Courland Geography and Natural History
Geography and Climate
There are 4 historic regions that make up modern day Latvia: North of the western Daugava (Dvina) river are Vidzeme and Latgale, which together formed Livonia. The ancient Duchy of Courland lies south of the Daugava and included the areas known as Kurzeme and Zemgale. The area of Courland also comprised the Bishopric of Pilten with its administrative centre of Hasenpoth. Each of these areas, Livonia, Courland and Pilten, pursued different policies with regard to the Jews within their territory.
Courland was primarily an agricultural wooded lowland, presenting few barriers to invasion save the tall stands of pine forest and the occasional rise of the land. The total area of Courland comprised approximately 27,000 square kilometres (10,500 square miles), approximately 60% of which was covered in forests. Flax is the principal field crop and Jews were known to have been involved in its production and commercial sale, often acting as middlemen for the large estate owners wishing to sell their crop from the Baltic ports. Similarly, logging and shipbuilding were important traditional industries in which the geography of the country played an important part.
10% of the land consists of peat bogs and wet land. Courland has its share of Latvia's 2,300 lakes and 12,000 rivers. The summers are hot and humid, the winters wet and windy with snow. The wind remains a feature of the low landscape and there were few natural features to stop the wind from the north and eastern steppes of Russia. Libau (now Liepaja) has traditionally been known as "the place where the wind was born". The key Baltic ports of Libau and Windau (now Ventspils) are ice-free throughout the winter, a fact that was critical to Courland's commercial success.
Geography and trade
Courland was geographically compact and journeys on foot and with cart and horse would have been relatively straightforward for a good part of the year. The Daugava River was an important trading route connecting the Baltic with the central highlands of Russia. The Daugava is connected in turn to the Volga and the Dnieper, ensuring its importance in the trade between East and West.
Baltic amber typical of the Courland region is found not only in ancient Mycenae (Greece) but also among the grave goods in Tutankahmun's tomb. This fact alone gives testimony to the wide-ranging cultural contacts and importance of Baltic trade from the earliest period of recorded history.
The trade down the Daugava from Dvinsk to Riga was an important source of wealth. Jews who were not allowed to live in the environs of Riga would come up the Daugava in small boats and then return so as not to fall foul of Riga's exclusionary policies, which were particularly restrictive particularly in the period before annexation to Russia. In 1623 the Jewish physician and philosopher Joseph Solomon Delmedigo of Crete, travelling through the area on his way to Lithuania, wrote in a letter to a friend that "in a country cut off from Jewish learning, Jews continued to sojourn in Livonia, descending the Dvina in barks and returning when their commission undertakings had been completed". Dvinsk soon became a predominately Jewish town, serving as the stopping place for Jewish commercial trade along the amber route. The same applied to Schlock, located just outside of Riga but within the territory of the Duchy of Courland. Jews forbidden to settle within Riga itself were permitted to live in Schlock, a few kilometres away.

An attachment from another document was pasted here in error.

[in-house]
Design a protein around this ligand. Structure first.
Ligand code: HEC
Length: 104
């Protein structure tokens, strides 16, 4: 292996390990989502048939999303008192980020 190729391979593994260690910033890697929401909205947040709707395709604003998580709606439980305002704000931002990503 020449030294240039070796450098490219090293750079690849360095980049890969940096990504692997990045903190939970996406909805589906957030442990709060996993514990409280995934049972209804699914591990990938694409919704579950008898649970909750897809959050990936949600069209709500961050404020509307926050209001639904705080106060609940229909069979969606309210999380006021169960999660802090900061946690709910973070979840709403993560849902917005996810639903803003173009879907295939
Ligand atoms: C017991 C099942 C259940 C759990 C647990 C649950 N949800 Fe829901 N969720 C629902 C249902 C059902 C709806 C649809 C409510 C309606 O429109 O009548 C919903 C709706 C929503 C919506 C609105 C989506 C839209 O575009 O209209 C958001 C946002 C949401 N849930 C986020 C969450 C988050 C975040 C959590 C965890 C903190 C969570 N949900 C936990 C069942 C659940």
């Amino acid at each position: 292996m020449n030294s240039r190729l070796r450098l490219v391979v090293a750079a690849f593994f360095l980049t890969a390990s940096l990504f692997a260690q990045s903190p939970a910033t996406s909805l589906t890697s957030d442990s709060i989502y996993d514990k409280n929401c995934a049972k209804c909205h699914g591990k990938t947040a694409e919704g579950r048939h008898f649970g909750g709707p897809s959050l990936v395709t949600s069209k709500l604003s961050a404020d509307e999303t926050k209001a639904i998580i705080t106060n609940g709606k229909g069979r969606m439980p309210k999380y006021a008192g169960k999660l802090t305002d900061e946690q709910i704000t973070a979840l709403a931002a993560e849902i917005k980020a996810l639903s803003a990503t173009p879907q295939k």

Geography: food and pastimes
The network of rivers and lakes provided ample opportunities for both fishing and swimming. Fish would have been in good supply. Salmon make their way up the Venta River and are caught in baskets. The Baltic coast has enjoyed a reputation as a spa area with beautiful beaches, sulphur springs and luxury homes and estates from the 18th century. Courland's woodlands contained a vast range of mushrooms, raspberries, whortleberries, cloudberries and huckleberries. Latvia is known for its dairy products including butter, cream (including sour cream) and ice cream. Dairy cows thrive.
Latvia abounds in bird life and Jewish families would have been well familiar with abundant bird life, including nuthatches, black redstarts, flycatchers, arctic loons, storks. There are over 300 species of birds that stop for at least part of the year in present-day Latvia. There are over 60 species of small mammals including larger animals such as red deer, elk, and occasionally bears.
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